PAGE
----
Although there are many options for facial-exercise protocols (i.e., several devices and masks for facial exercise or several types of voluntary facial exercise and movements), this review included only four studies investigating the effect of facial exercise on the soft tissue of the face and only three types of training conditions for facial muscles. The different types of facial training (i.e., NMES or types of voluntary facial exercise) may elicit different effects on specific facial soft tissue. Moving forward, it is important to work towards determining which exercise protocol is most effective for producing changes in muscle size and strength. At present, there is no established method to assess muscle strength and performance of the facial muscles. It is of importance to develop a standard protocol which is both valid and repeatable. This is also true of the measurement of muscle size. Interpreting the exercise-induced changes in the context of the reliability of the measurement will be an important consideration moving forward; particularly, when there is no time-matched non-exercise control group. In terms of safety and cost, ultrasound is considered to be effective for measuring facial soft tissue.

6. Summary

It has been reported that facial exercise may improve wrinkles and sagging of the face, however, the mechanism has not previously been elucidated. In this review, we found that two studies reported facial-exercise-induced increases in facial MT/CSA in middle-aged women. It was also reported that facial skin function may improve following facial isometric exercise. However, it is unclear how these changes link with facial rejuvenation. In addition, compared to muscles in the extremity and trunk, the facial muscles are small in size, their shapes are complex, and the boundaries with other tissues may be unclear. Therefore, it is necessary to examine the absolute reliability of ultrasound measurements of the facial muscles.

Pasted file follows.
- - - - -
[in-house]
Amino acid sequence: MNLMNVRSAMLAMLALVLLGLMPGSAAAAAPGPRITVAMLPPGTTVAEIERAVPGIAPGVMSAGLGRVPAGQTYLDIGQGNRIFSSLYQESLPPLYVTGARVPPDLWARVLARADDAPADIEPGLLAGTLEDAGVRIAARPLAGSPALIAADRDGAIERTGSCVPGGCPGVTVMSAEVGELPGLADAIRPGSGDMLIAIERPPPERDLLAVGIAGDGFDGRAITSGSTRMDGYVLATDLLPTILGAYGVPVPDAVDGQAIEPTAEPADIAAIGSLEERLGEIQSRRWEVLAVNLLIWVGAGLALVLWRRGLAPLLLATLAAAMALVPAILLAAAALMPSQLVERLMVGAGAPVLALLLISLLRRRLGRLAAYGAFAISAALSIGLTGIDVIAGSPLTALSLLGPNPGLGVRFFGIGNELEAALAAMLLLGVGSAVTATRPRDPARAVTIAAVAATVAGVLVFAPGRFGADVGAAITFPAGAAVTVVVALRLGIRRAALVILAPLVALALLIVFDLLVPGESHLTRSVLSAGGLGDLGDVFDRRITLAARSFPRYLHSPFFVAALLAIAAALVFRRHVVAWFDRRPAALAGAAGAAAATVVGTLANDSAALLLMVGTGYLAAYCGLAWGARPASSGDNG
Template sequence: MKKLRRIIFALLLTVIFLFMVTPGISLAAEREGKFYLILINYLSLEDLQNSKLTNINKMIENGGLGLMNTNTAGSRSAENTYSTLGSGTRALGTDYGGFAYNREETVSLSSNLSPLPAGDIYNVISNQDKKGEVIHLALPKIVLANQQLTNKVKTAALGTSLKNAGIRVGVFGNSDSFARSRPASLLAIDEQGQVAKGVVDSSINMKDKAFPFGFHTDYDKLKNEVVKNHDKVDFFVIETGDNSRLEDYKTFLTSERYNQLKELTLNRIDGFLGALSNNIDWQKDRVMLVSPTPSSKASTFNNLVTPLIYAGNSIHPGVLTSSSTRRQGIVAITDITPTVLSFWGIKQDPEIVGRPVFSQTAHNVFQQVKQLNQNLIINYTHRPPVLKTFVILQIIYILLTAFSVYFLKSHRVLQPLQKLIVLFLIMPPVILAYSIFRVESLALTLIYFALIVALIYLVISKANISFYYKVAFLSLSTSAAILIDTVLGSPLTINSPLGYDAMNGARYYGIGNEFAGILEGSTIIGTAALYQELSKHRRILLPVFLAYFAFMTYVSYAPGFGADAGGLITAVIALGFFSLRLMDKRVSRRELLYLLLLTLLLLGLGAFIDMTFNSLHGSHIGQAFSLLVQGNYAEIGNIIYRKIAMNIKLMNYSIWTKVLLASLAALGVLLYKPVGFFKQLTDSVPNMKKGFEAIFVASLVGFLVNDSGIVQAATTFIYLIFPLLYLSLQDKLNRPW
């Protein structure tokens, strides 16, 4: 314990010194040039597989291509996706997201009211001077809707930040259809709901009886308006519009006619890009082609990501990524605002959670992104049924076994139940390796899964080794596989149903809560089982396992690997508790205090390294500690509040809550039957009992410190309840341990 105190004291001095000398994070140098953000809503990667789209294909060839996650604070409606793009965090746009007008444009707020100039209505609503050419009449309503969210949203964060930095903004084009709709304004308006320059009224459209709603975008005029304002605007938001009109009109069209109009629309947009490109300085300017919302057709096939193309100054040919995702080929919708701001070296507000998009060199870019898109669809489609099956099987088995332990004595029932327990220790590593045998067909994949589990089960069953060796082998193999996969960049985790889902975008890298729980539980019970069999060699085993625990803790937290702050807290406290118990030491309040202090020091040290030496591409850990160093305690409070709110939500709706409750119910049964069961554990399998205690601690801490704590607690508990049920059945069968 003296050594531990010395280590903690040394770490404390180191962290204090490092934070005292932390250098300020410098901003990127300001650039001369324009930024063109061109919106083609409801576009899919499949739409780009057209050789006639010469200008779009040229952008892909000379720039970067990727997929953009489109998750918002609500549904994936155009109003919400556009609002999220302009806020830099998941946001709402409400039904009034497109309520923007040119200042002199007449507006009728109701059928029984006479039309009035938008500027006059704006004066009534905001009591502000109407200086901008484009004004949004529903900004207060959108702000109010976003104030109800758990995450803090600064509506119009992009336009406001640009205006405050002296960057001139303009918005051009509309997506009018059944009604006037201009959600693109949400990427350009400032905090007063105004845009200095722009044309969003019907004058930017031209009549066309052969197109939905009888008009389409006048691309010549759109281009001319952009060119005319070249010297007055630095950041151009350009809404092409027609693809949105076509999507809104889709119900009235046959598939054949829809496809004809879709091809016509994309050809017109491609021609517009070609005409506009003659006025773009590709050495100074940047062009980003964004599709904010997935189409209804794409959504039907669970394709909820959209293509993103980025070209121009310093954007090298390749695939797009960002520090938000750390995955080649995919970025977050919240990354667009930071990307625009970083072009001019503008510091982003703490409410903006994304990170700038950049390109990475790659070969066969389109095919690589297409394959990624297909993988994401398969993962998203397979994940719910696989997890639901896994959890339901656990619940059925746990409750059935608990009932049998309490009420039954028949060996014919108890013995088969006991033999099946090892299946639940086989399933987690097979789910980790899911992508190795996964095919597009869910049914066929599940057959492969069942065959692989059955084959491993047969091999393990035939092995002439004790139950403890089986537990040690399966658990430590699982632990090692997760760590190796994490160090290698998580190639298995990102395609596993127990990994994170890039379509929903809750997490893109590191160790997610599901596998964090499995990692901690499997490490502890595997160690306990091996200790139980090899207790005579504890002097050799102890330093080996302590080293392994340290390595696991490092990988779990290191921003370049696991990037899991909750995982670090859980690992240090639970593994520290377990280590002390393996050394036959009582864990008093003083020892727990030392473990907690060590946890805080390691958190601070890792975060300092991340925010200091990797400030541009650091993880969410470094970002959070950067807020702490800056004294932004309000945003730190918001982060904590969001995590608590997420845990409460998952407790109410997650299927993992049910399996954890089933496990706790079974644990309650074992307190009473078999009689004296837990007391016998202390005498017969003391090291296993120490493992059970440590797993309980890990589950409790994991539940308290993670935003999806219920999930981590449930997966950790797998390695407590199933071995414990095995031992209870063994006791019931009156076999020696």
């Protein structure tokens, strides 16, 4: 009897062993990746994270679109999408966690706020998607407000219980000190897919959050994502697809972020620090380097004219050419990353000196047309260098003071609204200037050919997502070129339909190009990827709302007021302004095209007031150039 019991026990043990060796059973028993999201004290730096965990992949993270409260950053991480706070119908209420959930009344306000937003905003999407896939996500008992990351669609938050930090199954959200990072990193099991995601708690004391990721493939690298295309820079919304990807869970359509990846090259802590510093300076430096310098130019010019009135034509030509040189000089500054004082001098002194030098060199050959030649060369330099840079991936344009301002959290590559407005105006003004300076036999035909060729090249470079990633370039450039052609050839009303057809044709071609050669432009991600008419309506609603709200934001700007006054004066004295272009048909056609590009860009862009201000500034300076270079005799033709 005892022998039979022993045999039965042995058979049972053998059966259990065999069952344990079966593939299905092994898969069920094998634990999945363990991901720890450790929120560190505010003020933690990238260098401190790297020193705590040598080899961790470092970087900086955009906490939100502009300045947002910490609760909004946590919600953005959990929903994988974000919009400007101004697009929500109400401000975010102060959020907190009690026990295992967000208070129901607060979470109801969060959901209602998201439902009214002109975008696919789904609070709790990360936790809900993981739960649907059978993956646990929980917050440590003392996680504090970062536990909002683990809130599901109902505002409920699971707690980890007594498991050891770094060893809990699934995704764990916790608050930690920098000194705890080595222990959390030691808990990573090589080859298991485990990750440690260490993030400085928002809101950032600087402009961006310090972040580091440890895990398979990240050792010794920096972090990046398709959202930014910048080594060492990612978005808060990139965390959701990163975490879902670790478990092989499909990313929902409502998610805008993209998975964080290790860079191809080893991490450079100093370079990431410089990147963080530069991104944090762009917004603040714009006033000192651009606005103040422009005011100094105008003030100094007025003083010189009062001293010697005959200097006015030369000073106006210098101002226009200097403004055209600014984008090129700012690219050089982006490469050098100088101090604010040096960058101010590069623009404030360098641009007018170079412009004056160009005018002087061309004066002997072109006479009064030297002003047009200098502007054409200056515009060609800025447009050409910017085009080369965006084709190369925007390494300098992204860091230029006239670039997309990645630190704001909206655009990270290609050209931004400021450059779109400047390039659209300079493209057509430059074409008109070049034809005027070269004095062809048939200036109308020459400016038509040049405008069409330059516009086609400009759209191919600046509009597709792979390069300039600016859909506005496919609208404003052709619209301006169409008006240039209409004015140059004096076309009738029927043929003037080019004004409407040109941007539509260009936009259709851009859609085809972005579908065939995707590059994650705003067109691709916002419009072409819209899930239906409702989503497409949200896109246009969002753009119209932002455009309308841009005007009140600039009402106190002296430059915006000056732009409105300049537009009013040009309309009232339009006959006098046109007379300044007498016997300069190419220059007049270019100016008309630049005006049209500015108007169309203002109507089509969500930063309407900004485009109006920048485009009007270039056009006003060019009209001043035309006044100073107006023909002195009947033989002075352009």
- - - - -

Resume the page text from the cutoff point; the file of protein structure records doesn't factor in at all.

Author Contributions

T.A. and J.P.L. designed the study. T.A. performed the review of literature and wrote the manuscript. J.P.L. reviewed and critically revised the manuscript. All authors approved the final version of the manuscript.

Funding

The authors received no financial support for the research, authorship, and publication of this article.

Conflicts of Interest

The authors declared no conflicts of interests with respect to the research, authorship, and publication of this article.

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Figure 1. Flowchart of the literature search.
Figure 1. Flowchart of the literature search.
Cosmetics 06 00050 g001
Table 1. Combinations of keywords and number of hits in PubMed.
Table 1. Combinations of keywords and number of hits in PubMed.
KeywordsNumber of Hits
“Facial Exercise” and “Rejuvenation”5
“Facial Exercise” and “Muscle”186
“Facial Exercise” and “Skin”55
“Facial Exercise” and “Aging”76
Total322
Table 2. Research results of studies included in this review.
Table 2. Research results of studies included in this review.
Author Year [ref #]Study Design ParticipantsTraining Condition Outcome AssessmentStudy Results
● Modality
● Duration
● Frequency
● Time/Repetitions
● Intensity
Kavanagh et al. 2012 [12]Experimental group
MW (n = 56)
Control group
MW (n = 52)
NMES Ultrasound MT
(Zygomatic major)
Psychometric data
NMES group